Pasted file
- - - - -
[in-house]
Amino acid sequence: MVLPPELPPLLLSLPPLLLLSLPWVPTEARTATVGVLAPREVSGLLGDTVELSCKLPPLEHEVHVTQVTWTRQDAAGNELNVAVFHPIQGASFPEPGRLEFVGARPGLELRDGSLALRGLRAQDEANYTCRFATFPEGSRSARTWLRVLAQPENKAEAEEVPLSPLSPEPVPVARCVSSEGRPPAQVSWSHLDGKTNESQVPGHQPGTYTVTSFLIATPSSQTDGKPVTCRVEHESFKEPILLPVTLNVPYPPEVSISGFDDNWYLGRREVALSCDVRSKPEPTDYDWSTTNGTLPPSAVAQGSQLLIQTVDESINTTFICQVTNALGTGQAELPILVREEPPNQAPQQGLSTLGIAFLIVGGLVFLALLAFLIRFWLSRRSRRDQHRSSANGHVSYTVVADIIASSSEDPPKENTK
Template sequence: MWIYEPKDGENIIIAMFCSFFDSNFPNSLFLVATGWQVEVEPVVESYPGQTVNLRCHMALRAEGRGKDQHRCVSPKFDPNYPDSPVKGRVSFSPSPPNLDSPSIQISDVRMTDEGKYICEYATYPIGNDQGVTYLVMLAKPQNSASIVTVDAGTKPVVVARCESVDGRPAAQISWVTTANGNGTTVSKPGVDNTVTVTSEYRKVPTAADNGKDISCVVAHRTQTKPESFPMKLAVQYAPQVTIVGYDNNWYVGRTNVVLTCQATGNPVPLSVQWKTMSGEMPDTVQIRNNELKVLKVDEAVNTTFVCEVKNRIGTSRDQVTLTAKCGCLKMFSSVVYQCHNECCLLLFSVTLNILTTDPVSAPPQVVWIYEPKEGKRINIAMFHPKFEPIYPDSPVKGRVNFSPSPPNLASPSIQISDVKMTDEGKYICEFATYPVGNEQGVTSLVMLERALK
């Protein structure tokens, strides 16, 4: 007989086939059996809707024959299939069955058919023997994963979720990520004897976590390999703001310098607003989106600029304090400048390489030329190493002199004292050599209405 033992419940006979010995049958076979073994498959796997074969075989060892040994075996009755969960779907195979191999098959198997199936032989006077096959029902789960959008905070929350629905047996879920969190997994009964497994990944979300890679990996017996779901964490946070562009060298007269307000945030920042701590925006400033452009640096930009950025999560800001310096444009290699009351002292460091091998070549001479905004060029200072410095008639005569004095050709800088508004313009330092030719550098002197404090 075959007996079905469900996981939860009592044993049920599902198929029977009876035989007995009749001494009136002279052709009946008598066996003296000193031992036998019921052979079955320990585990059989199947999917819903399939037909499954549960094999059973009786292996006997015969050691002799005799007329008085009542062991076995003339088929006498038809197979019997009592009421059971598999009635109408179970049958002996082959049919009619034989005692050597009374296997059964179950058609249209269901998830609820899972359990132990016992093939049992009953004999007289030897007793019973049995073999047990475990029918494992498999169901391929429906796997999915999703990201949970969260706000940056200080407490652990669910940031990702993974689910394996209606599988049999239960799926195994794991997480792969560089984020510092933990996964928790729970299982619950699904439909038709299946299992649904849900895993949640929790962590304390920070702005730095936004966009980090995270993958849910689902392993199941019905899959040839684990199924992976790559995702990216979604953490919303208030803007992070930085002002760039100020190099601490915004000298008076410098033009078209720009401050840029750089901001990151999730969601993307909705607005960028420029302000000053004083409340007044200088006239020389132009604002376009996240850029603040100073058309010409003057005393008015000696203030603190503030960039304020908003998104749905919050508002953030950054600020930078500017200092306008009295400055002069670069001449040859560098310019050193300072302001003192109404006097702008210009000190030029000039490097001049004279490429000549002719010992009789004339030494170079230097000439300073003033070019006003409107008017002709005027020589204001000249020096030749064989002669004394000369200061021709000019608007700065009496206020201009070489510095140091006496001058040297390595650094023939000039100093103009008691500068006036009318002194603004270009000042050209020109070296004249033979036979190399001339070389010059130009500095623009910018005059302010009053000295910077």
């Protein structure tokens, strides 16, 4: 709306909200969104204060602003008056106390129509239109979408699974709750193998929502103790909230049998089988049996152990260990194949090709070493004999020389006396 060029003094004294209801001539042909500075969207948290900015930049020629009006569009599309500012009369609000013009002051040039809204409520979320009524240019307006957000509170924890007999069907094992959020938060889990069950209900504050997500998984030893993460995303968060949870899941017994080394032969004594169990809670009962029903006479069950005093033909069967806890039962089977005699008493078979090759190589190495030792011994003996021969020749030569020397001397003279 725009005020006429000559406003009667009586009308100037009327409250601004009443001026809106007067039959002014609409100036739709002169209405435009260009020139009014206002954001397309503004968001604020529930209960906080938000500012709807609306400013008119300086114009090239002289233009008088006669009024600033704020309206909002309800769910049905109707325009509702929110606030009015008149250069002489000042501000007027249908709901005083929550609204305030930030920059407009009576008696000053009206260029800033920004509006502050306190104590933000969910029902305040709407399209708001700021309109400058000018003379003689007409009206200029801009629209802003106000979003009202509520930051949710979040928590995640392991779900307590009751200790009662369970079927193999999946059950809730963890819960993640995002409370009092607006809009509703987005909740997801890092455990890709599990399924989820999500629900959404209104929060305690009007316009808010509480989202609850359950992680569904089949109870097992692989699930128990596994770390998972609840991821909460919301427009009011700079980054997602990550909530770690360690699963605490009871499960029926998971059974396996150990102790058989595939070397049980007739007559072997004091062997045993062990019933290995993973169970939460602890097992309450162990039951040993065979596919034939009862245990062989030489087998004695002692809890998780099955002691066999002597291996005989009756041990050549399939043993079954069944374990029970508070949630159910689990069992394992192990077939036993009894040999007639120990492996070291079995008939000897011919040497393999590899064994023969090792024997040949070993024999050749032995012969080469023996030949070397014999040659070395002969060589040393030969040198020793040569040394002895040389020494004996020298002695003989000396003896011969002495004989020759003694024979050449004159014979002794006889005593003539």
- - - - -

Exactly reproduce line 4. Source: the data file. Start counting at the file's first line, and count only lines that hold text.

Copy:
């Protein structure tokens, strides 16, 4: 007989086939059996809707024959299939069955058919023997994963979720990520004897976590390999703001310098607003989106600029304090400048390489030329190493002199004292050599209405 033992419940006979010995049958076979073994498959796997074969075989060892040994075996009755969960779907195979191999098959198997199936032989006077096959029902789960959008905070929350629905047996879920969190997994009964497994990944979300890679990996017996779901964490946070562009060298007269307000945030920042701590925006400033452009640096930009950025999560800001310096444009290699009351002292460091091998070549001479905004060029200072410095008639005569004095050709800088508004313009330092030719550098002197404090 075959007996079905469900996981939860009592044993049920599902198929029977009876035989007995009749001494009136002279052709009946008598066996003296000193031992036998019921052979079955320990585990059989199947999917819903399939037909499954549960094999059973009786292996006997015969050691002799005799007329008085009542062991076995003339088929006498038809197979019997009592009421059971598999009635109408179970049958002996082959049919009619034989005692050597009374296997059964179950058609249209269901998830609820899972359990132990016992093939049992009953004999007289030897007793019973049995073999047990475990029918494992498999169901391929429906796997999915999703990201949970969260706000940056200080407490652990669910940031990702993974689910394996209606599988049999239960799926195994794991997480792969560089984020510092933990996964928790729970299982619950699904439909038709299946299992649904849900895993949640929790962590304390920070702005730095936004966009980090995270993958849910689902392993199941019905899959040839684990199924992976790559995702990216979604953490919303208030803007992070930085002002760039100020190099601490915004000298008076410098033009078209720009401050840029750089901001990151999730969601993307909705607005960028420029302000000053004083409340007044200088006239020389132009604002376009996240850029603040100073058309010409003057005393008015000696203030603190503030960039304020908003998104749905919050508002953030950054600020930078500017200092306008009295400055002069670069001449040859560098310019050193300072302001003192109404006097702008210009000190030029000039490097001049004279490429000549002719010992009789004339030494170079230097000439300073003033070019006003409107008017002709005027020589204001000249020096030749064989002669004394000369200061021709000019608007700065009496206020201009070489510095140091006496001058040297390595650094023939000039100093103009008691500068006036009318002194603004270009000042050209020109070296004249033979036979190399001339070389010059130009500095623009910018005059302010009053000295910077």